I'm listening to Bach's Magnificat while I begin work on next Sunday's sermon. It is among my favorite choral works. I became acquainted with it a few years ago, when I did a project on it in an interm class on Bach during my year of coursework at LSTC. I listened to it a hundred times in preparation for that project, I'm sure. And I fell in love with it. I began to long for an opportunity to sing it, feeling intimately acquainted with the music and all of the thought, brilliance, and symbolism that Bach had put into it.
Fate or blessing or providence intervened, and two years later, I was given the opportunity to sing it with an amazing group of musicians last January, at the annual Bach for the Sem benefit concert. Rehearsing it and singing it thrilled me. All of the work that I had done to learn the score for my project made rehearsals more enjoyable, and all of the passion of the music that had inspired my longing to sing it made performing it all the sweeter.
One of the unique things about Bach for the Sem, as opposed to most other concerts I've sung in my life, is that (as far as I know) it is a purely one-time event. Each year, we rehearse for one singular performance that is not recorded. My first year, I remember feeling disappointed that I had no recording to take with me - no artifact. As a music-lover, I enjoy both performing and listening to music. This means that I especially enjoy listening to recordings of performances I have been a part of. It is fun to re-live the performance as I listen to it later. But Bach for the Sem asked something new and different of me: I could be a performer or a listener, but not both.
These days, heading into my fourth Bach for the Sem, I have made peace with the fact that it will not be recorded, either for posterity or archive. Actually, I have done more than simply "made peace" with it. I find it rather exhilarating. Let me explain.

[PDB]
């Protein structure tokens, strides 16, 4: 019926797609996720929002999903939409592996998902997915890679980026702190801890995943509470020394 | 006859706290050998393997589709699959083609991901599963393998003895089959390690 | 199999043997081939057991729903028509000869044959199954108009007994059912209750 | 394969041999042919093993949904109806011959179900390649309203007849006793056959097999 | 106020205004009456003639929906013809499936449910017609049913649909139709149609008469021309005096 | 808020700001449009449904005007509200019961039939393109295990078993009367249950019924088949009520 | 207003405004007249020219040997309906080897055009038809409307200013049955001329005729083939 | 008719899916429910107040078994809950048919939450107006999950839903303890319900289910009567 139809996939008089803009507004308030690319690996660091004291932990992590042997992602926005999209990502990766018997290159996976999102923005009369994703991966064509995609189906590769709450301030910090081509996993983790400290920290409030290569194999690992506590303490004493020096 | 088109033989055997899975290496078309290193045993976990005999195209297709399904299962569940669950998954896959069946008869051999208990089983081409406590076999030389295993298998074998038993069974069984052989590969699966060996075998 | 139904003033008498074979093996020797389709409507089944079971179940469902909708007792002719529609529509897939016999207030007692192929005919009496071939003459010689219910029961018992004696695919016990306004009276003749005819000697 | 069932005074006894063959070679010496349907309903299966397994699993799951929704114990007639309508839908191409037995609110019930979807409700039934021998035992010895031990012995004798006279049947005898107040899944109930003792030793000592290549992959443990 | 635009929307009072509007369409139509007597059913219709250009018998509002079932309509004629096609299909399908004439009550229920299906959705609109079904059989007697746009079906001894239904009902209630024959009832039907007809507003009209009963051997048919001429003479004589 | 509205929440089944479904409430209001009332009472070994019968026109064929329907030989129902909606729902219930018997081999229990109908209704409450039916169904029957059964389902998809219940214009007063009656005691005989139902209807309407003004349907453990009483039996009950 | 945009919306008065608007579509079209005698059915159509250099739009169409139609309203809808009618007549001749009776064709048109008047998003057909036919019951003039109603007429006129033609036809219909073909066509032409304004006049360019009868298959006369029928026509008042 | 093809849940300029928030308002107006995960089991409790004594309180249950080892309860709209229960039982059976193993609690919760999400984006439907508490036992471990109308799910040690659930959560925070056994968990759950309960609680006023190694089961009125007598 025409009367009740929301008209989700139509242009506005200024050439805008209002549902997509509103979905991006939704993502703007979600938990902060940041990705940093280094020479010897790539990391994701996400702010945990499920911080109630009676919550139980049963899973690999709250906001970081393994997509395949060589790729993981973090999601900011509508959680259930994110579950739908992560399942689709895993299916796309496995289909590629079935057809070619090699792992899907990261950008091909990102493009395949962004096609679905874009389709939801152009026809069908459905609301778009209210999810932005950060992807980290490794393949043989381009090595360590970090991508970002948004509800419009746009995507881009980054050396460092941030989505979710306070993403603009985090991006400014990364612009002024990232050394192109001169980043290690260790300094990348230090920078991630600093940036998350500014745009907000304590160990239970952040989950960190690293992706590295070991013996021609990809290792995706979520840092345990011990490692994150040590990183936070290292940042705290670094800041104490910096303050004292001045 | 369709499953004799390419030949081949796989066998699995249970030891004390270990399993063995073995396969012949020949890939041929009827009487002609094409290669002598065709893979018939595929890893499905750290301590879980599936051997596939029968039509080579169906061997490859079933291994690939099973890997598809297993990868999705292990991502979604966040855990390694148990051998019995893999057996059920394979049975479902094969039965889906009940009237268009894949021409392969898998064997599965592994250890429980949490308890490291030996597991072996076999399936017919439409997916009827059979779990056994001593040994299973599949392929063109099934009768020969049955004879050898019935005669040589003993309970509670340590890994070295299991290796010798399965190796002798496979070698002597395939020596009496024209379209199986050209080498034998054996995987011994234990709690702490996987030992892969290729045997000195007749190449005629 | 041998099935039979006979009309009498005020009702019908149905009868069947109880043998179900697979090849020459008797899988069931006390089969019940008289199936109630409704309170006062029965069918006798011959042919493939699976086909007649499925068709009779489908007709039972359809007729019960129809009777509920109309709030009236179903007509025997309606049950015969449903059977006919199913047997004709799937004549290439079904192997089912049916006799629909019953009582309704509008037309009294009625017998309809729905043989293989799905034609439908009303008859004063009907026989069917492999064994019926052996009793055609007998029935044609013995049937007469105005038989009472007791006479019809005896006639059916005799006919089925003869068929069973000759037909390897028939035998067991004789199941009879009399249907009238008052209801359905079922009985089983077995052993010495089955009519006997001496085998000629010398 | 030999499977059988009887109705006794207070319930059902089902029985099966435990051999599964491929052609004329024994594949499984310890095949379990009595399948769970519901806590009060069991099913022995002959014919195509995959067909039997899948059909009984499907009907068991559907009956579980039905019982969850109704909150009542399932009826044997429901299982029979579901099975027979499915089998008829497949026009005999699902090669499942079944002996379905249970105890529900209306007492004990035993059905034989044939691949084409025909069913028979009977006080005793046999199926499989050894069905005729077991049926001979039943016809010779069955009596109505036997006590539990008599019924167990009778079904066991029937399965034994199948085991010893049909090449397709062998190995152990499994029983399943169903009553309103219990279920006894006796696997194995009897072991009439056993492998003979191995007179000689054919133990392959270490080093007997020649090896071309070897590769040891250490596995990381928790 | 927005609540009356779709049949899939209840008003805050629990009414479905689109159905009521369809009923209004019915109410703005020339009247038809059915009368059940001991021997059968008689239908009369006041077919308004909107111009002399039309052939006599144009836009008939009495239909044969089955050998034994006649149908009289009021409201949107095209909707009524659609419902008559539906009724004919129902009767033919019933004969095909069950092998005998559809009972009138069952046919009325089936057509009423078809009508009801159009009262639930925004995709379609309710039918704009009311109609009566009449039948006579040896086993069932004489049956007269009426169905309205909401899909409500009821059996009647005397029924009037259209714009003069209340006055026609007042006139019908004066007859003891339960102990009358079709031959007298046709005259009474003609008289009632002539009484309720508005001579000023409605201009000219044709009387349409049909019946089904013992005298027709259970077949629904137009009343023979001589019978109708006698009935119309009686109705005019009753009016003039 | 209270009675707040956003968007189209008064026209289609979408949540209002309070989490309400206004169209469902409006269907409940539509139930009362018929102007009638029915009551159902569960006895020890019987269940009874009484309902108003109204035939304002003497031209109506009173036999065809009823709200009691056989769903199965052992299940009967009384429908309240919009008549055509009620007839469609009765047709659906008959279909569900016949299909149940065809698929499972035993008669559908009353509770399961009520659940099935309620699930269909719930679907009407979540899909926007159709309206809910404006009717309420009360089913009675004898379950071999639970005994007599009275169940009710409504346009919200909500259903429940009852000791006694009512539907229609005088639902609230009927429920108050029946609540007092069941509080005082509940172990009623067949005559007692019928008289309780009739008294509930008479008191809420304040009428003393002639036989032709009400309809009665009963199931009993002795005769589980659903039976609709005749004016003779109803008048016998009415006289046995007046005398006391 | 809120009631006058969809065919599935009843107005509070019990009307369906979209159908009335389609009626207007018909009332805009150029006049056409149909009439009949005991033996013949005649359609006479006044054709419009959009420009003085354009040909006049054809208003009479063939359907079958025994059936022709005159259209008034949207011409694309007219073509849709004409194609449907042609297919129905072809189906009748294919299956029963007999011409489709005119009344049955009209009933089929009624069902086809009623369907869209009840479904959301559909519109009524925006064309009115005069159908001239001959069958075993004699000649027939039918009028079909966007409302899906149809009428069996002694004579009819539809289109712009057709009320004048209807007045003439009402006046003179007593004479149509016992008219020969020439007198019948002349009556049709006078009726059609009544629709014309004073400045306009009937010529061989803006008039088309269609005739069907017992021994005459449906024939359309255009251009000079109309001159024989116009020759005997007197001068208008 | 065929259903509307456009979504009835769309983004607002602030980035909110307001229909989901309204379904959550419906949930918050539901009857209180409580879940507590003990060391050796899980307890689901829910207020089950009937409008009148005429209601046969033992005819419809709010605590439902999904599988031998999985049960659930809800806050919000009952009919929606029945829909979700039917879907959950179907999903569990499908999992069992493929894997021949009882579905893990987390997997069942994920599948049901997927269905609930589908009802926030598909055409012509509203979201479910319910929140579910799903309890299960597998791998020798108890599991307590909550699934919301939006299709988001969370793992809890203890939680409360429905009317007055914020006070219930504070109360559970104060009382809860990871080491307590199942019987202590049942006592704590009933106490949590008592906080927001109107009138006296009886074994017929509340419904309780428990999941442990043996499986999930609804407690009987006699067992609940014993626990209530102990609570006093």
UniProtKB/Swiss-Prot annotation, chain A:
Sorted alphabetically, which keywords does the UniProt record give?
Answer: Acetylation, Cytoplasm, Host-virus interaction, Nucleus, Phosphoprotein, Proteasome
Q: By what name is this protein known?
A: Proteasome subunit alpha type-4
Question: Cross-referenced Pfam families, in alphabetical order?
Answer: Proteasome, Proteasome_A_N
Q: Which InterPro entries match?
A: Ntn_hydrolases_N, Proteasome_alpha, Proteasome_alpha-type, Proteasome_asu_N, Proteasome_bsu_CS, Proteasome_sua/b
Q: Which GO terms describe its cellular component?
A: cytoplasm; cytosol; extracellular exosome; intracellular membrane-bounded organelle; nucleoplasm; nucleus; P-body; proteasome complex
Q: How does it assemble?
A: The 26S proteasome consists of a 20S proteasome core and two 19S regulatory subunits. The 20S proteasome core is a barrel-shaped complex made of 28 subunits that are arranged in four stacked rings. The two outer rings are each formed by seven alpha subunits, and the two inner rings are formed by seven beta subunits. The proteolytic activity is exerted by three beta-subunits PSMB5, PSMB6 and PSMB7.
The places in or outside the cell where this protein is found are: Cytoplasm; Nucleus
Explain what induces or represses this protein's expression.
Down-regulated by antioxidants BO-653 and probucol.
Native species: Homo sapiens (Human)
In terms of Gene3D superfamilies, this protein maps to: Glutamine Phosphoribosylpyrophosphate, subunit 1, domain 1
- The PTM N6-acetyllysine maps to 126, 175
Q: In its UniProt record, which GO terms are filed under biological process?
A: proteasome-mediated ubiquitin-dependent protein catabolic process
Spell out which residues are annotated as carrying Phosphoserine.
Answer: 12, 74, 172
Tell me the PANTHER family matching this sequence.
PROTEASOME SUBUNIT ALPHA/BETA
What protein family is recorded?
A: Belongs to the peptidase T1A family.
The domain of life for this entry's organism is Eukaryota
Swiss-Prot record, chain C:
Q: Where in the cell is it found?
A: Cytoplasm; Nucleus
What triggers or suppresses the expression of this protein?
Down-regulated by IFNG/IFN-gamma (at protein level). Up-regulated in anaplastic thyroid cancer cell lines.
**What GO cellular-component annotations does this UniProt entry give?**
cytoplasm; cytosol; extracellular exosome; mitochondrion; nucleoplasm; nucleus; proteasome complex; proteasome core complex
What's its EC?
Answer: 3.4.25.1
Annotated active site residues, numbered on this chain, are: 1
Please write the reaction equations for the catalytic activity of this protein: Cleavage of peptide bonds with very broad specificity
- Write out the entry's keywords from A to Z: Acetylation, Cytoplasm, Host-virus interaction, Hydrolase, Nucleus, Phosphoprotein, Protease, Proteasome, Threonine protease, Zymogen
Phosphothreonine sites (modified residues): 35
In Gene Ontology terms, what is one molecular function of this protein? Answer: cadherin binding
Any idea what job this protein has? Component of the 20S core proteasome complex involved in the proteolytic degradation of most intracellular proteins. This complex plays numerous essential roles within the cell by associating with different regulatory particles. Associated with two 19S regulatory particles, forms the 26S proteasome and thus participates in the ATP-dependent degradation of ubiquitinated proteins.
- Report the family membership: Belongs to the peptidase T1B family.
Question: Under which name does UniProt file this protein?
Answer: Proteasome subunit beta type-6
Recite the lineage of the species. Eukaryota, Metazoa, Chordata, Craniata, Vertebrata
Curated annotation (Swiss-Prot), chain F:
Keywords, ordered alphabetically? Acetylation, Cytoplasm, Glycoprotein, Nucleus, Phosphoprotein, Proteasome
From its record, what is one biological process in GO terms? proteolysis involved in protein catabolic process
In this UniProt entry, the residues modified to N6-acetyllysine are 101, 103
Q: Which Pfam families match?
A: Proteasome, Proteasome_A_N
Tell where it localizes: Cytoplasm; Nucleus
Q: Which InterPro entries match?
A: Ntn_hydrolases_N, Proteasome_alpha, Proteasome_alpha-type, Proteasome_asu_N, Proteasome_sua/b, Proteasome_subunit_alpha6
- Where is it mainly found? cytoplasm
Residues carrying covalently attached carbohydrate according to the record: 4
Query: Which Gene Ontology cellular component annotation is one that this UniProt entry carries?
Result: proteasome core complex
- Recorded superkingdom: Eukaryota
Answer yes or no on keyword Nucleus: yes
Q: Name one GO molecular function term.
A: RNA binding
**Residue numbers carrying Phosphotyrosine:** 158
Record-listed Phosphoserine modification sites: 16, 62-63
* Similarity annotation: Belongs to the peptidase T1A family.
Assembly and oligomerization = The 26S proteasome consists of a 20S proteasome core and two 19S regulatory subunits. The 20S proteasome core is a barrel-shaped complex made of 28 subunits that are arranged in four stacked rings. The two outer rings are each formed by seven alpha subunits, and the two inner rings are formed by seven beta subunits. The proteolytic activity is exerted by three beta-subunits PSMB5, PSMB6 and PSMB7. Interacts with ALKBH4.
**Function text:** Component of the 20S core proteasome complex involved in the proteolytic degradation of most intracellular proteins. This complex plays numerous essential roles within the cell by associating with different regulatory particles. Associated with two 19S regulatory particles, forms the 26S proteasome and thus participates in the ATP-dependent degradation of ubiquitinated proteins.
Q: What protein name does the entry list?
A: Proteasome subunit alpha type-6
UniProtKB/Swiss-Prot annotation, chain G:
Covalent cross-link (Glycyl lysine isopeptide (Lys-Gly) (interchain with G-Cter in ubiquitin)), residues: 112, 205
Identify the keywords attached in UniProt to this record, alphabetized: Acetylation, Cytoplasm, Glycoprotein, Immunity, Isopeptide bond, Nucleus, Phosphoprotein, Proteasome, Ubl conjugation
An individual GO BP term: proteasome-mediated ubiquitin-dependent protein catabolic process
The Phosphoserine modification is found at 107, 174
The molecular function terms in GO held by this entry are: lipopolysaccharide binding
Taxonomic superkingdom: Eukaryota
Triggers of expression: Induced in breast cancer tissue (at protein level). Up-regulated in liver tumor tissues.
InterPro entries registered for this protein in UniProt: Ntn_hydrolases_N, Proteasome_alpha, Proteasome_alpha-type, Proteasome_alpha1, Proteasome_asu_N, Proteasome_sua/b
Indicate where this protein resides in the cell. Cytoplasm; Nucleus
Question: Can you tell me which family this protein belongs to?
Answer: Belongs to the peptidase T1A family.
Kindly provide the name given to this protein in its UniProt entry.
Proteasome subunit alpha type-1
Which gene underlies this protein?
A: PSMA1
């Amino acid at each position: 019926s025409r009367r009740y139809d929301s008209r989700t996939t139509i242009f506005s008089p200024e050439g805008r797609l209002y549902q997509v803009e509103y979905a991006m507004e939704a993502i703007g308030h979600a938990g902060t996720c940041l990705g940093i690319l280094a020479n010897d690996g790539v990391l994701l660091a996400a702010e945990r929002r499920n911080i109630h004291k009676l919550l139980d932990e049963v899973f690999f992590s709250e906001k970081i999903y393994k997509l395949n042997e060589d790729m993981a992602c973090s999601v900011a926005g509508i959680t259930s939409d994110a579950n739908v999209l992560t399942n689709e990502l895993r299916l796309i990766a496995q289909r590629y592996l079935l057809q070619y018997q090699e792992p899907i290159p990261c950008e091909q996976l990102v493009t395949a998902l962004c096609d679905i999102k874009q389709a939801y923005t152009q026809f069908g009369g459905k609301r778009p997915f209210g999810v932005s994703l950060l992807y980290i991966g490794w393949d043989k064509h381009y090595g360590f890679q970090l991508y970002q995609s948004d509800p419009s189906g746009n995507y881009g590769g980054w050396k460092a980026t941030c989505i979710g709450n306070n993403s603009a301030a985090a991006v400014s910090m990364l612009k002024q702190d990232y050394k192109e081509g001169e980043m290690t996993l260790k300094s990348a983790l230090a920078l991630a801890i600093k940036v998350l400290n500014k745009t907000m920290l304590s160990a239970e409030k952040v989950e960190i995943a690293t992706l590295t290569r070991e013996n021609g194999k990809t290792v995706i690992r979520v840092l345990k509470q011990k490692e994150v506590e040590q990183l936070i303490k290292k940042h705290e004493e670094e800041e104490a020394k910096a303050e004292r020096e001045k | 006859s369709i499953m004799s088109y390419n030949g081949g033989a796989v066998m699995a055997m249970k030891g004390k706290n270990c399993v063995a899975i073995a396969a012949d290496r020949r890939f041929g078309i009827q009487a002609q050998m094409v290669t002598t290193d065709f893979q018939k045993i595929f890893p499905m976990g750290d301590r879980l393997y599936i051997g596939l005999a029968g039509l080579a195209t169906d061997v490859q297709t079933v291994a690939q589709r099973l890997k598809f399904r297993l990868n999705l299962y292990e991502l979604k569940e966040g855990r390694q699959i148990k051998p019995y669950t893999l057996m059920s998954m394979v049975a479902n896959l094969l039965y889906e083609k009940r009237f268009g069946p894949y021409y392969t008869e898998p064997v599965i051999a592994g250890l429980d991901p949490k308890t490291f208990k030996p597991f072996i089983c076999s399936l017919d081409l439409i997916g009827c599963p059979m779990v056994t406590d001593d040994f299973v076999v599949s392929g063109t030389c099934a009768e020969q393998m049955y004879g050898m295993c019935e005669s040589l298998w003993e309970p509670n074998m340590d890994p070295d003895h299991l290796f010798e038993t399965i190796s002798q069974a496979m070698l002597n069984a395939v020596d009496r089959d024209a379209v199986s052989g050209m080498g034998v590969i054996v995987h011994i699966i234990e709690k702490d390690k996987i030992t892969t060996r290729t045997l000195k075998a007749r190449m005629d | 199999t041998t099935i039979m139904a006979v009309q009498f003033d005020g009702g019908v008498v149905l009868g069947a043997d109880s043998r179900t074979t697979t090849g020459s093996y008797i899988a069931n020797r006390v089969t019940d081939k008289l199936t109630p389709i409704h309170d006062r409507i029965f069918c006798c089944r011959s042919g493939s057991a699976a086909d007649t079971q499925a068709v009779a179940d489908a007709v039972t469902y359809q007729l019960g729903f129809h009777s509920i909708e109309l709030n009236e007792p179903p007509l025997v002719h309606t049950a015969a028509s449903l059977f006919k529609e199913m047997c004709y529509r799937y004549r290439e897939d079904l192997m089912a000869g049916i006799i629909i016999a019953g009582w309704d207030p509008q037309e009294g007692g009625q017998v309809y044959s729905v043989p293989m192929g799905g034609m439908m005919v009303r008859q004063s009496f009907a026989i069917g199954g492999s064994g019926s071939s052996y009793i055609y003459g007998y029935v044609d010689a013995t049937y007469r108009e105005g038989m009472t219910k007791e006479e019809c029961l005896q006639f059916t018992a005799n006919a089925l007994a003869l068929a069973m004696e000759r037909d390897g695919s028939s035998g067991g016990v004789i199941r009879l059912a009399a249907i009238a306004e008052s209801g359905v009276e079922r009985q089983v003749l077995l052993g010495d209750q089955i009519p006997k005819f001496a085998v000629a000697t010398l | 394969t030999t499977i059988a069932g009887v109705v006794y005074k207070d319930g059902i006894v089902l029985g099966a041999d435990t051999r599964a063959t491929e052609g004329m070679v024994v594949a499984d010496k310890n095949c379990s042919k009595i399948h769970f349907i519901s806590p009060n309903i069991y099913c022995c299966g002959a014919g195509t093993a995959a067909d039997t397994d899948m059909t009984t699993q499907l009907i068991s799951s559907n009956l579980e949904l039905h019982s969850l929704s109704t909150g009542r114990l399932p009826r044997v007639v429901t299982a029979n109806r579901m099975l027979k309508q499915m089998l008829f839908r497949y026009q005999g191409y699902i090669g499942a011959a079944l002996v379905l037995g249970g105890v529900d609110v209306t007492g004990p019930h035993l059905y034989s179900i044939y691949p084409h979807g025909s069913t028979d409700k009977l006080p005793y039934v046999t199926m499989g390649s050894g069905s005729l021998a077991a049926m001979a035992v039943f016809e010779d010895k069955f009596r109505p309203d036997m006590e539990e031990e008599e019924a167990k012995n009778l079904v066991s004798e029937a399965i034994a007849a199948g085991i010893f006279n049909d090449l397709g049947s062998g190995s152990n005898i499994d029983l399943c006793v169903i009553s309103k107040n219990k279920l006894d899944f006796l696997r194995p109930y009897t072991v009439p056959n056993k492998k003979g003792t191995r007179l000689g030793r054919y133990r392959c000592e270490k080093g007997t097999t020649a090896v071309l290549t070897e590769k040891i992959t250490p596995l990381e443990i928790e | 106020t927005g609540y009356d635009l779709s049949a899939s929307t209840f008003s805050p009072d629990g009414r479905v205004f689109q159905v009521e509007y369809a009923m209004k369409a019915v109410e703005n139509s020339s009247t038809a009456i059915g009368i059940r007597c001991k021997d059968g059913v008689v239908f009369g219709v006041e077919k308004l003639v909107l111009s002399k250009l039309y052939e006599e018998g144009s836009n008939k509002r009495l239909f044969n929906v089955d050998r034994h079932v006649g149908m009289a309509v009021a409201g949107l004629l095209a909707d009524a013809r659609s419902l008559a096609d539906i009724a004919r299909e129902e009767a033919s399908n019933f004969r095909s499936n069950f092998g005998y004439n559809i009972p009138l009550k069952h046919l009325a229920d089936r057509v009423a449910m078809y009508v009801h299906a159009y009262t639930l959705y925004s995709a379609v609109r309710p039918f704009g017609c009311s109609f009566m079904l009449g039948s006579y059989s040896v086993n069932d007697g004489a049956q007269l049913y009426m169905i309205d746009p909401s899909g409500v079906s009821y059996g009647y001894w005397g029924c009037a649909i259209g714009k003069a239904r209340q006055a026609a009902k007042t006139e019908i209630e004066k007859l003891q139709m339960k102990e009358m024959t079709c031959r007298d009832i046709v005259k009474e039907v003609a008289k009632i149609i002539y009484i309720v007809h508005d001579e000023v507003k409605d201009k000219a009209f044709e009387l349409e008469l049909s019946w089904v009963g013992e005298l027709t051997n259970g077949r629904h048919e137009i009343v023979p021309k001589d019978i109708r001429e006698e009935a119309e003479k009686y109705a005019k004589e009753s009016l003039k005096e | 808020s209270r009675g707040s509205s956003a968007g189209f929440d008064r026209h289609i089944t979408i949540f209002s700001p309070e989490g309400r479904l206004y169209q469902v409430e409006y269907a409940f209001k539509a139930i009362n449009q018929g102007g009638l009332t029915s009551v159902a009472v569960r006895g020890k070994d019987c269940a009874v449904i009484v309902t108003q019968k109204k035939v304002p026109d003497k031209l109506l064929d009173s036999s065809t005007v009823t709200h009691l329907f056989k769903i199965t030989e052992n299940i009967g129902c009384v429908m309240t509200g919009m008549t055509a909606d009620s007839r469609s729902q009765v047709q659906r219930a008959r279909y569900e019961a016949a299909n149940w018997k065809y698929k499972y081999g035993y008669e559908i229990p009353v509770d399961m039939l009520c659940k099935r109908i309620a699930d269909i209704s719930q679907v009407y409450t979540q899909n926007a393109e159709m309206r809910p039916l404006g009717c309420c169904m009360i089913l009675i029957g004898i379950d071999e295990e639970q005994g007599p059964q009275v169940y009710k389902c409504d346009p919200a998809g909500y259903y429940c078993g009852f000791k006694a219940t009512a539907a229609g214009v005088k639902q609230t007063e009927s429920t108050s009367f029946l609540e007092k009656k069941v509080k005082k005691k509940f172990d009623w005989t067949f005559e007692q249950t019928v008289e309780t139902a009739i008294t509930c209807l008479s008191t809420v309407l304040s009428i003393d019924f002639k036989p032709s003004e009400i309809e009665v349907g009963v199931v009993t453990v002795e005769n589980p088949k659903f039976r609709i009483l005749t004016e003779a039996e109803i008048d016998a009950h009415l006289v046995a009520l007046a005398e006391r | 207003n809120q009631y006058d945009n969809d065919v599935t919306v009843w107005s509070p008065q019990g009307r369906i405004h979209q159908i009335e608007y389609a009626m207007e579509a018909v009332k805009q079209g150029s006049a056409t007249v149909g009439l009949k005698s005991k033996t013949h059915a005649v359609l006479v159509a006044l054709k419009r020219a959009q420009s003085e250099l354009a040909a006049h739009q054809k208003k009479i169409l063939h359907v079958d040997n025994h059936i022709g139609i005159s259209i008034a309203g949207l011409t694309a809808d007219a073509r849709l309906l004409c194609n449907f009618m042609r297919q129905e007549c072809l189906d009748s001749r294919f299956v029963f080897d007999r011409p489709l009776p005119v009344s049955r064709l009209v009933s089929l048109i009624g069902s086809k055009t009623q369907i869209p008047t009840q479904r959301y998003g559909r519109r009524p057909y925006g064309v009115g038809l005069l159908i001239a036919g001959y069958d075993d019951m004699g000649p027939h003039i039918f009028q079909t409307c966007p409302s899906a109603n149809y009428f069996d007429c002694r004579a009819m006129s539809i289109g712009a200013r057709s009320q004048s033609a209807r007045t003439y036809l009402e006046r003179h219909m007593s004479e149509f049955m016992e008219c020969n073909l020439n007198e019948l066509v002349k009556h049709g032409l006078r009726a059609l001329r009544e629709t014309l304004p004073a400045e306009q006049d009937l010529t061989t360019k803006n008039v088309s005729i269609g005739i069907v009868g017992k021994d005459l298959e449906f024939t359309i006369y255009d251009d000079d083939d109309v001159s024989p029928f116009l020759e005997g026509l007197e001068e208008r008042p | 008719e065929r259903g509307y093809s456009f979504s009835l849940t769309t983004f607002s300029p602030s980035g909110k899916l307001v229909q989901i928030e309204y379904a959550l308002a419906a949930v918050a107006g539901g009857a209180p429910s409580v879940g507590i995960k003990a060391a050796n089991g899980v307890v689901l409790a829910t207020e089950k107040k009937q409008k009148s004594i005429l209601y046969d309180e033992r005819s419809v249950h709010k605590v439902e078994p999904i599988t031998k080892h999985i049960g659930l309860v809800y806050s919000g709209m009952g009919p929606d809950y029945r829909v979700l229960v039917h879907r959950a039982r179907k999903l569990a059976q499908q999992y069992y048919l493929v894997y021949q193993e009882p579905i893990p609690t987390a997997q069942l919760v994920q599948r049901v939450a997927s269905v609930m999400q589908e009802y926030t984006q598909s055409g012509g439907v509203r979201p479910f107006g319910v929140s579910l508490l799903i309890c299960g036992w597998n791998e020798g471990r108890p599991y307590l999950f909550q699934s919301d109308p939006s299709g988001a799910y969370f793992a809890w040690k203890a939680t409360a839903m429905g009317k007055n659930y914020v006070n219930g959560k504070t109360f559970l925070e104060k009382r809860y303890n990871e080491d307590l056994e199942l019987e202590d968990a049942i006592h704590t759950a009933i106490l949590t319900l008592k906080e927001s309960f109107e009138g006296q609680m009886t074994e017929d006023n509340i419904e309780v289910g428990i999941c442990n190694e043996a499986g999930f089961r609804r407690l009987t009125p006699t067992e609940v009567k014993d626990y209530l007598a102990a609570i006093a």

The one-time nature of musical performance, Bach for the Sem or otherwise, is something unique to the musical art form. Music is performed from scores, and music can be recorded, but neither of those things are the actual music itself. Music is art that is created on the spot, that exists only in that moment, that is nothing if it is not experienced. There is thus an amazing intimacy to the act of musical performance. Those performing and those listening are members of an exclusive club. They share in that moment something wholly unique. Every note sung or played in that space is unique to that space, that time, and that experience. It's a brilliantly exciting venture, knowing that what we are experiencing is entirely new in that moment, new and unrepeatable. Even if we were to gather the very next day - the same musicians, the same audience - and were to repeat the concert, it wouldn't be the same. We are human, fallible, inconsistent, and therefore no amount of rehearsal can guarantee that we will ever create the same art that we did the day before.
And so, music can make our hearts race in a way that no other art form can (save dance, perhaps, which is intimately related to music anyway). It is art that is itself an event. A one-time event. An event exclusive to those who are there to experience it. Music is the art of the eternal new and the eternal now.
Sometimes I get too comfortable with God as Alpha and Omega, beginning and end. I take advantage of knowing that God was there ages before I was born, and I know that God will be there ages after I die. And sometimes, this knowledge lulls me into letting God drift away into the background of my life. God's always there, but these bills need to be paid today. God's always there, but my car needs gas now. God's always there, but these meetings and appointments have to happen this week. It's easy to think of God as always being there in the same way that a painting is an artifact that is always there, available for viewing and experiencing at my convenience. And there are plenty of times that it is good to have a God who is like a painting or sculpture, ready for whenever I am ready to interact.
But especially as we head into the hope and anticipation of Advent, I think I need my God to be more like music. I need God to be eternally now and eternally new: alive and creative and unique in every spirit-filled moment of life. I need a God who is best known through the intimacy of experience, rather than the incomplete witness of either a printed musical score or a recording to listen to later. Because in Advent, we aren't just looking back at the historical birth of Jesus, and we aren't just looking forward at the promises of Jesus' coming again. In Advent, we are called to live in the moment, experiencing each day the hope and anticipation of receiving anew the God who was and who is and who is to come. It is a season where our hope resides in the God we experience here and now, the God who shows up in amazing and unexpected ways, the God who meets us in every moment. Our hope is in the God who is music sung and played, bouncing off the walls and ceiling of a vaulted cathedral, ringing in the ears of all who have come to listen, each note fading away to make room for the next one as the eternal and the present meet in unique moments that stir and inspire our souls.